March 19, 2005 Sat 3:00 p.m. EST: I am in Knoxville right now for the inaugural Knoxville Marathon. I picked up my registration materials at the expo and am now having lunch at a Panera Bakery on “the strip” near the University of Tennessee. Some initial impressions:
- If the weather is anything like the weather today, it will be perfect for running. It is currently in the 50s and slightly overcast, and very dry. It is not even humid.
- The course is going to be quite a bit hillier than I expected if driving through Knoxville is any indication. At least nothing looks super steep but I’ve already driven up some rollers that were pretty long (like 0.25 miles…)
- So far, this marathon looks well-organized, although the expo was a little bit of a disappointment. Not a whole lot of vendors or interesting things happening over there. There was supposed to be live music and some workshops at certain hours, but they never happened?
Anyhow, right now I am trying to shift my brain from vacation mode into race mode. I began to concentrate on hydration last night (I bought a gallon of water earlier in the week just for this). My #1 objective for this race is to finally beat George W. Bush’s best marathon time of 3:44:57. I feel fresh and well-trained but it remains to be seen tomorrow. If all goes well I will have finished before 10:44 am EST on Sunday.
March 19, 2005 Sat 9:30 p.m. EST: I am here checking out the course profile with another marathoner, Malcolm Gillis. Holy cow, the course looks vicious. Lots of hills, including one at Mile 7 which goes uphill for 1.5 miles…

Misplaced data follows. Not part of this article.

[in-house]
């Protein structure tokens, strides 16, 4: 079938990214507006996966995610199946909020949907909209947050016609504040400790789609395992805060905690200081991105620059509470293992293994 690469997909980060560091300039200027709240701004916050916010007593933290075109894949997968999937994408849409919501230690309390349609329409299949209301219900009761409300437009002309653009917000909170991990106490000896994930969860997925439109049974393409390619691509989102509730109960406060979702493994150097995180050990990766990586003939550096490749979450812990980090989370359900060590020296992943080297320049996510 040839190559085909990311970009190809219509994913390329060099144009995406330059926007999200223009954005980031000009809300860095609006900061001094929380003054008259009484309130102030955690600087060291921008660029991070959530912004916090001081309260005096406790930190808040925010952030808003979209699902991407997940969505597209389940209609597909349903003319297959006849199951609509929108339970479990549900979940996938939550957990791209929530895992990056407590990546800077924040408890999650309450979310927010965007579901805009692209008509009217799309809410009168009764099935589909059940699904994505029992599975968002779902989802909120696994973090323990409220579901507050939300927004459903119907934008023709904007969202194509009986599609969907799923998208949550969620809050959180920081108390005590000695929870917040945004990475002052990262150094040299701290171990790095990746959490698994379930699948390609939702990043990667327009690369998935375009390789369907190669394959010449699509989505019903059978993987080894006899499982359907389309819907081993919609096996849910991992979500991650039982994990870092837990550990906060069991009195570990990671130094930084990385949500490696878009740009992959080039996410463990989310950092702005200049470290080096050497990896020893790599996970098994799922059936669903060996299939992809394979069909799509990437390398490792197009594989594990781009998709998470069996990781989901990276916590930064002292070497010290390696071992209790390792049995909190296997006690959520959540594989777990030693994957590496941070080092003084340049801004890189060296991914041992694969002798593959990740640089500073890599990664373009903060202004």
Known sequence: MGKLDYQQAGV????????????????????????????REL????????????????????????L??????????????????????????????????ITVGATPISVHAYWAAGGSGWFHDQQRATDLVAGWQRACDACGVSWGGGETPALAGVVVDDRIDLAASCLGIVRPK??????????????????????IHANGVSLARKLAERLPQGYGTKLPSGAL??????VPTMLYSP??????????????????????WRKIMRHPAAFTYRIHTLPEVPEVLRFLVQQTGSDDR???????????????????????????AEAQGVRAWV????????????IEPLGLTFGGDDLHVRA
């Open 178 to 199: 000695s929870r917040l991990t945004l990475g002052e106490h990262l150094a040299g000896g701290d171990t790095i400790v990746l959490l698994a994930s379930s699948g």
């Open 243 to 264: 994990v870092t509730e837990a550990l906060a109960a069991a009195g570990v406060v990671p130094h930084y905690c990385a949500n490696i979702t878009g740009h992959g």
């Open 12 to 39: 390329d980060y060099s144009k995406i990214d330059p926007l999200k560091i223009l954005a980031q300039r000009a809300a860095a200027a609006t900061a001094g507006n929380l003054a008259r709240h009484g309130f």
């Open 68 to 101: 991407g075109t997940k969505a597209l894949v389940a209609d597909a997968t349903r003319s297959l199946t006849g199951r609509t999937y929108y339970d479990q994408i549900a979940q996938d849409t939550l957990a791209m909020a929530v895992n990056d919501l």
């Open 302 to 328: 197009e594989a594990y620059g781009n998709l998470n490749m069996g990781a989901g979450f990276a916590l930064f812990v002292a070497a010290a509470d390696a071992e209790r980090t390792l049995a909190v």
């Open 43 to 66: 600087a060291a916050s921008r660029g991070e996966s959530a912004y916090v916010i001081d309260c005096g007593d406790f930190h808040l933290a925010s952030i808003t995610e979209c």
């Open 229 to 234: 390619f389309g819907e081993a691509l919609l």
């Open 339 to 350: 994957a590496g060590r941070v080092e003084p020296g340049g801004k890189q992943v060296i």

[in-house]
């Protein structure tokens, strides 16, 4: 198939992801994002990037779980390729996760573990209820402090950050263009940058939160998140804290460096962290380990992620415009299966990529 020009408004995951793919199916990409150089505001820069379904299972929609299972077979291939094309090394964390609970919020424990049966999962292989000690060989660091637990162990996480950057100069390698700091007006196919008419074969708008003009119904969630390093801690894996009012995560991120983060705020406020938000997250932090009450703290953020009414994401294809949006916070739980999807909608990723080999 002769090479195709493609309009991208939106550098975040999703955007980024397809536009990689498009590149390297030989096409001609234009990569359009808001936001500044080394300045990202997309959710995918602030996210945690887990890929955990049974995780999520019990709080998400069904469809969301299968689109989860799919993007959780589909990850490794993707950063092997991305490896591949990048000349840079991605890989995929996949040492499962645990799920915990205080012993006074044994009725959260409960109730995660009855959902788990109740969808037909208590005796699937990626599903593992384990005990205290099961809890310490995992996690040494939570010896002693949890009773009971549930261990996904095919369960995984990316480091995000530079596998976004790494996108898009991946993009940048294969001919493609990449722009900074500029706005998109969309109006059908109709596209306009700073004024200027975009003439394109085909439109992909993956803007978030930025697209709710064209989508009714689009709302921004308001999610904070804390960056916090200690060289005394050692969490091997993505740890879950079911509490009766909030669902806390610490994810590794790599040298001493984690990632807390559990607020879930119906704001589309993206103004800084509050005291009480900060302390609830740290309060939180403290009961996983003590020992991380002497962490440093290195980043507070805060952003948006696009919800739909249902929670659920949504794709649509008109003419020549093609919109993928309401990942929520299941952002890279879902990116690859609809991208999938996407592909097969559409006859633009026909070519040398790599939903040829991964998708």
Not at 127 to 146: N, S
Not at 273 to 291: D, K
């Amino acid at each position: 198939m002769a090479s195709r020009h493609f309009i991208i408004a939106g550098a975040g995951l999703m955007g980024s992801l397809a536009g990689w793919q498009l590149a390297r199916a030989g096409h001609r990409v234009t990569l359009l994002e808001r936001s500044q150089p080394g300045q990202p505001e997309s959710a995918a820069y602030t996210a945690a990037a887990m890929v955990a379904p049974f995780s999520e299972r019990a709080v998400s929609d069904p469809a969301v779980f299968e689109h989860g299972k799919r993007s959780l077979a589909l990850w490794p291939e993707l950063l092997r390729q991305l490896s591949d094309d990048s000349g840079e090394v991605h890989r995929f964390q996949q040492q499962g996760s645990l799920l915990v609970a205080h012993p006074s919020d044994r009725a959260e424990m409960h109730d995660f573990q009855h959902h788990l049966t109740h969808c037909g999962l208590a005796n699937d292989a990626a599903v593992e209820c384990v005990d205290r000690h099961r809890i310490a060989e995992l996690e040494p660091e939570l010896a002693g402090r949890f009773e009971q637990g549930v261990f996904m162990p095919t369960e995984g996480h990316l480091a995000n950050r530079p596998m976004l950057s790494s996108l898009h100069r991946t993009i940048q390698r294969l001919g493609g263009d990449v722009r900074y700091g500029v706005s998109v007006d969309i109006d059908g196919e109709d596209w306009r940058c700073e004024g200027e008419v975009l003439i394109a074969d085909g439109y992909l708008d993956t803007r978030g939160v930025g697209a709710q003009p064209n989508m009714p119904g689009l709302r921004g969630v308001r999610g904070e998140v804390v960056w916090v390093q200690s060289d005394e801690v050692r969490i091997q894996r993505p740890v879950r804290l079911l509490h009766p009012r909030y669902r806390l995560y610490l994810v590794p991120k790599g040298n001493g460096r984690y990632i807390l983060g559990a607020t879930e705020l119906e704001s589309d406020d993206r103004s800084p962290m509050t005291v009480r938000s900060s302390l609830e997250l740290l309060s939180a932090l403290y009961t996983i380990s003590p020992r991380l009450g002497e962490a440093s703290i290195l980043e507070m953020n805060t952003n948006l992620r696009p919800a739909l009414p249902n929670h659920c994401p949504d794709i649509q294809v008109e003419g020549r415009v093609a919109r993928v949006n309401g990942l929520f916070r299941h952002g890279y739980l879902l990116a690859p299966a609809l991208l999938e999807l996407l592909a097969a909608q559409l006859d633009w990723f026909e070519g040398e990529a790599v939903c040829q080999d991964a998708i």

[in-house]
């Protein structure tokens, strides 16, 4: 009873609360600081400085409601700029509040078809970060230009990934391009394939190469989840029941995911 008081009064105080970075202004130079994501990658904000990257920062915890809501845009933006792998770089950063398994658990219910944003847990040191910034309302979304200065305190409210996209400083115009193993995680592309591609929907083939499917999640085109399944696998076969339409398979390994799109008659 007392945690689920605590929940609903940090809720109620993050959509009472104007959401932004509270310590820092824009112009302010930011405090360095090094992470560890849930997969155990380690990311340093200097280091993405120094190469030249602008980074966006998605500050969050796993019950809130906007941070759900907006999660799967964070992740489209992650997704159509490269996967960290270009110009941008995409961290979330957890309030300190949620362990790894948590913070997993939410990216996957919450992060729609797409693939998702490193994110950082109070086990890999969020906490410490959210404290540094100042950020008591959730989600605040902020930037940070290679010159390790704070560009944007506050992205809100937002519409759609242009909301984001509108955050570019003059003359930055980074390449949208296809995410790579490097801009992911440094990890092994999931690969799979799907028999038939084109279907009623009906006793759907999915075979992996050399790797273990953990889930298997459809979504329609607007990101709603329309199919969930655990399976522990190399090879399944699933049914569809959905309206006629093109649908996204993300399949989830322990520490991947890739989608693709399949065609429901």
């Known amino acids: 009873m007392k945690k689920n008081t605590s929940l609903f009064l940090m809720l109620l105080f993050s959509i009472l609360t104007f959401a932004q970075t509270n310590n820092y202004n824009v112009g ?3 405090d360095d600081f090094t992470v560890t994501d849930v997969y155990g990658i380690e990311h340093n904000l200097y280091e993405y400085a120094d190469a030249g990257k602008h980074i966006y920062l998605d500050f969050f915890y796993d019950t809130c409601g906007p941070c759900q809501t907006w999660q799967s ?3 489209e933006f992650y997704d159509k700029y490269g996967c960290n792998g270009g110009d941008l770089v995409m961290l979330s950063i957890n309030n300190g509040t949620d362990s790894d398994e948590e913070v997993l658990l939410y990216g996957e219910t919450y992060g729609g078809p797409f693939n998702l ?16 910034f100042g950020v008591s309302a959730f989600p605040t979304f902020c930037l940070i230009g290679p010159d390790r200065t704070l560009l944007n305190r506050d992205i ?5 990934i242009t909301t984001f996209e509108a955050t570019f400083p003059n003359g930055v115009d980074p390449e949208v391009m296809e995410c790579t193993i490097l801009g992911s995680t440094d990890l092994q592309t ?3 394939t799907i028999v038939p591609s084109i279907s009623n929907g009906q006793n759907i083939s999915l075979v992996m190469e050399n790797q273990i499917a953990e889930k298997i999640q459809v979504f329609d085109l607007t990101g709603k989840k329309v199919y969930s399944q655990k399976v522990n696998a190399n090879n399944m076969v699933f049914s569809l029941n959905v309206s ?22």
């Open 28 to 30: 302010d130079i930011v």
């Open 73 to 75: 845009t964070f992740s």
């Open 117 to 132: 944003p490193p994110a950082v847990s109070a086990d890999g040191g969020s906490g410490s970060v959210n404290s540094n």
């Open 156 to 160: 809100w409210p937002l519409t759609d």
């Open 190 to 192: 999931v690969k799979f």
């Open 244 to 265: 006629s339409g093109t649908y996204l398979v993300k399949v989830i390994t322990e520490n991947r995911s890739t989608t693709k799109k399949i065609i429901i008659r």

On another note, this guy Malcolm is amazing. He is 71 years old, and this will be his 99th marathon. (His 100th will be Boston next month.) Also, this will be his 4th marathon in 4 weeks. (And to think I was concerned I did a 25-mile run only 11 days before this marathon.) Coincidentally, he is also a Stanford alum—he got his degree back in the 1950s. Last year in the Boston Marathon, he came in 1st for the 70-74 year olds. He also thru-hiked the Appalachian trail before. This guy who is 42 years my senior may well be finishing ahead of me. But I remain focused on GW Bush.
March 20, 2005 Sun 4:40 am EST: Slept ok last night and woke up well before the alarm went off. Am eating a banana right now. Race is just a couple hours away.
March 20, 2005 Sun 6:55 am ESTAt the start is the Knoxville Mayor giving a speech with no less than Ronald McDonald by his side, but no one seems to be listening. Then a singer with a banjo sang the Star-Spangled Banner, except his voice has no range and the banjo sounds ridiculous.
Mile 0: The race then commences with the first hill (one of many) beginning after just 100 feet. I am intent on keeping a consistent cadence (~190 steps/minute) no matter what even if this means falling behind some people on the uphills and then passing them on the downhills.
Mile 13.1: I finish the first half in 1:45:00, and am very happy with that especially since the first half was supposed to be even more difficult than the second half (which was also supposed to be hilly).
Mile 17-18: I notice that my pace has now dropped to 9-minute/mile pace. I am concerned but know this is fine if I don’t get slower. However…